Lead is a major air pollutant that remains largely unmonitored and is emitted by vehicles. High lead levels have been reported in the ambient air in metropolitan cities. Leaded petrol is the primary source of air-borne lead emissions in Indian cities. The use of unleaded petrol is one way of reducing this pollutant. Pollutants are also found indoors from the infiltration of polluted outside air and from various chemicals used or produced inside buildings.

The effects of air pollution on living organisms are adverse. Cigarette smoking is responsible for the greatest exposure to carbon monoxide. Exposure to air containing even 0.001% of carbon monoxide for several hours can cause coma and even death. Sulphur dioxide irritates the respiratory tissues; chronic exposure to it causes a condition similar to bronchitis. The acids can become attached to particles which, when inhaled, are very corrosive to the lungs.

The widely talked changes in the ozone layer have serious implications for mankind. The effects on human health due to increased UV radiation are sunburn, cataract, aging of the skin and skin cancer. It weakens the immune system by suppressing the body’s resistance to certain infections like measles, chickenpox and other viral diseases that elicit rash and parasitic diseases like malaria introduced through the skin.

UV rays also affect the ability of plants to capture light energy during the process of photosynthesis. This reduces the nutrient content and the growth of plants. This is seen especially in the case of legumes and cabbage.

Air pollution can be controlled by two fundamental approaches: preventive techniques and effluent control. One of the effective means of controlling air pollution is to have proper equipment in place. This includes devices for removal of pollutants from the flue gases through scrubbers, closed-collection recovery systems, and the use of dry and wet collectors, filters, electrostatic precipitators and so on. Building higher smoke-stacks facilitates the discharge of pollutants as far away from the ground as possible. Industries should be carefully located so as to minimize the effects of pollution after considering the topography and the wind directions. The substitution of raw materials that cause more pollution with those that cause less pollution will also help.

Water pollution is when the quality or composition of water changes directly or indirectly as a result of man’s activities such that it becomes unfit for any purpose it is said to be polluted. Point sources of pollution are when a source of pollution can be readily identified because it has a definite source and place where it enters the water it is said to come from a point source. E.g.: municipal and industrial discharge pipes. Non-point sources of pollution are when a source of pollution cannot be readily identified, such as agricultural runoff, acid rain etc.,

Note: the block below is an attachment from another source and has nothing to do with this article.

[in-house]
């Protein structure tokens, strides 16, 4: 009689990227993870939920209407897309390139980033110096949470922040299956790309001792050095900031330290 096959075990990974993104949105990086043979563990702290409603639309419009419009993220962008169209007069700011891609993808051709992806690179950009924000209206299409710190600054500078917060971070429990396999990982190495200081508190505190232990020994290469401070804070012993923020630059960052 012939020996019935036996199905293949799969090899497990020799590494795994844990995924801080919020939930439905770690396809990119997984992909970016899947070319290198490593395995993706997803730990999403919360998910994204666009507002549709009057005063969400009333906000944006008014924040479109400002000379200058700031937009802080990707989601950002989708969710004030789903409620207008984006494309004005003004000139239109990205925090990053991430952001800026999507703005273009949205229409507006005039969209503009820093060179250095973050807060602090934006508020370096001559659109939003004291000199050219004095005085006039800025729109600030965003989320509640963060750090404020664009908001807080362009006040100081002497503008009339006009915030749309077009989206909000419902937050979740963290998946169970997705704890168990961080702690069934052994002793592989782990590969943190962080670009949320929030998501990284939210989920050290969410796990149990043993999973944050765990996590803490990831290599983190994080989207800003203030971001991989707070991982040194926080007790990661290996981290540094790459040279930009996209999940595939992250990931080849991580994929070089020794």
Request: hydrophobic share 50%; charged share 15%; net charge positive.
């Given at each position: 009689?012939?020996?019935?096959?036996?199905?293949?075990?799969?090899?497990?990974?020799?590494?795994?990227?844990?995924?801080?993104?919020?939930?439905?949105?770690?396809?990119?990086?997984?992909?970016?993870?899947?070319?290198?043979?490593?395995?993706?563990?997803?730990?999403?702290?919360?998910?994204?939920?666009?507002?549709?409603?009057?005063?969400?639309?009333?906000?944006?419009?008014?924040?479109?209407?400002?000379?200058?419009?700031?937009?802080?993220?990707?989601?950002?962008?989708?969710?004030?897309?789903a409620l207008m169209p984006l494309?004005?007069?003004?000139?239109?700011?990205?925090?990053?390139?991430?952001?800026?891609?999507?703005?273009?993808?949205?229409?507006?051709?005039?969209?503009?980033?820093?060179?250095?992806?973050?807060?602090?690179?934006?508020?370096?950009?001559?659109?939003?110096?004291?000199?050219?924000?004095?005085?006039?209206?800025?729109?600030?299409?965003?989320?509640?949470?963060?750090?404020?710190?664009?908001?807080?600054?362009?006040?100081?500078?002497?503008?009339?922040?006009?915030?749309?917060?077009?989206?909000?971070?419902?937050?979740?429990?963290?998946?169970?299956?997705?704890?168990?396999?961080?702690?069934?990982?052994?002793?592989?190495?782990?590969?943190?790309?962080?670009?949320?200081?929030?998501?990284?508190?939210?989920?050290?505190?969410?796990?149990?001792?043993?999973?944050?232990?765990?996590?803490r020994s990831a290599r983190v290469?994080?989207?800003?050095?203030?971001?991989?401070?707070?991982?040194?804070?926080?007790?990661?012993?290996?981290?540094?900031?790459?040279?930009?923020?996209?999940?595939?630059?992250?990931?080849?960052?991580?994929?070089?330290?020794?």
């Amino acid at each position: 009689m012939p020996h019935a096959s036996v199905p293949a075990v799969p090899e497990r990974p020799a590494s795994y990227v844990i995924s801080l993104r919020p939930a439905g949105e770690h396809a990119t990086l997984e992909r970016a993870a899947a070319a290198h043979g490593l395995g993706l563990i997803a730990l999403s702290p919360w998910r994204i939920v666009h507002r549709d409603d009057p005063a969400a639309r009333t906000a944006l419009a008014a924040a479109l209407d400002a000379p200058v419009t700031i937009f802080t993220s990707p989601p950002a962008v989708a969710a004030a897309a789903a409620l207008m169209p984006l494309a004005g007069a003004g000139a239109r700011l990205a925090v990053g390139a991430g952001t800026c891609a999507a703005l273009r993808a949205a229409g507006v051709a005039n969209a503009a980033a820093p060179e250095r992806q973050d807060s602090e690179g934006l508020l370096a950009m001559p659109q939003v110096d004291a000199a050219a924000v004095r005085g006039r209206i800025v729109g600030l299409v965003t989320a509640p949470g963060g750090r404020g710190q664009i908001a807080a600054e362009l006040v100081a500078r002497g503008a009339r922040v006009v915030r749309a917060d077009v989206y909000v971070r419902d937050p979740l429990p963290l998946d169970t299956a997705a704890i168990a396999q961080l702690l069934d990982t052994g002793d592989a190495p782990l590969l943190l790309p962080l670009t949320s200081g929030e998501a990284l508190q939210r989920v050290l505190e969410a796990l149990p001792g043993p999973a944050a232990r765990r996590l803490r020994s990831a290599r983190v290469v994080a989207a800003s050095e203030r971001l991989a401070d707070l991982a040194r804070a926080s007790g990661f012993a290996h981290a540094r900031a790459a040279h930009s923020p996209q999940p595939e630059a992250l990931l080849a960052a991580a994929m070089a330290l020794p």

There are several classes of common water pollutants. These are disease – causing agents which include bacteria, viruses, protozoa and parasitic worms that enter water from domestic sewage and untreated human and animal wastes. Large amounts of human waste in water increases the number of these bacteria, which cause gastrointestinal diseases. Other potentially harmful bacteria from human wastes may also be present in smaller numbers. Thus, the greater the amount of wastes in the water, the greater is the chance of contracting diseases.

The third class of pollutants is inorganic plant nutrients. These are water -soluble nitrates and phosphates that cause the excessive growth of algae and other aquatic plants. The quantity of fertilizers applied in a field is often many times more than actually required by plants. The chemicals in fertilizers and pesticides pollute both soil and water.

A fourth class of water pollutants is water- soluble inorganic chemicals, which are acids, salts and compounds of toxic metals such as mercury and lead. High levels of these chemicals can make the water unfit to drink, harm fish and other aquatic life, reduce crop yields and accelerate the corrosion of equipment that is in contact with this water.

Another cause of water pollution is a variety of organic chemicals, which includes oil, gasoline, plastics, pesticides, cleaning solvents, detergents and many other chemicals. These are harmful to aquatic and human health. They enter the water directly from industrial activity, either from improper handling of chemicals in industries and usually from the improper and illegal disposal of chemical wastes.

The foremost necessity of controlling water pollution is prevention. On the other hand, setting up effluent treatment plants to treat wastes can reduce the pollution load in the recipient water. The treated effluent can be reused for either gardening or cooling purposes, wherever possible. A few years ago a new technology, called the Root Zone Process has been developed by Thermax. This system involves running contaminated water through root zones of specially-designed reed beds.

To conclude, the responsibility to prevent pollution lies in the hands of every individual. Some concepts that help individuals contribute towards a better quality of our environment and human life are:

Try to plant trees wherever you can and more importantly take care of them. They reduce air pollution.

From the mail you receive reuse as many envelopes as you can.

Use pesticides in your home only when absolutely necessary and use them in small amounts. Some insect species help to keep a check on the populations of pest species.

Reduce the use of fossil fuels by either walking short distances or using a car pool, sharing a bike or using public transport. This reduces air pollution.

Shut off the lights and fans when not needed.

Do not use aerosol spray products and commercial air-fresheners. They damage the ozone layer.

Do not pour pesticides, paints, solvents, oil or other products containing harmful chemicals down the drain or onto the ground.

Buy consumer goods in refillable glass containers instead of cans or throwaway bottles.

Try to avoid asking for plastic carry bags when you buy groceries or vegetables or any other items. Use your own cloth bag instead.

Set up a compost bit in your garden to produce manure and reduce use of fertilizers.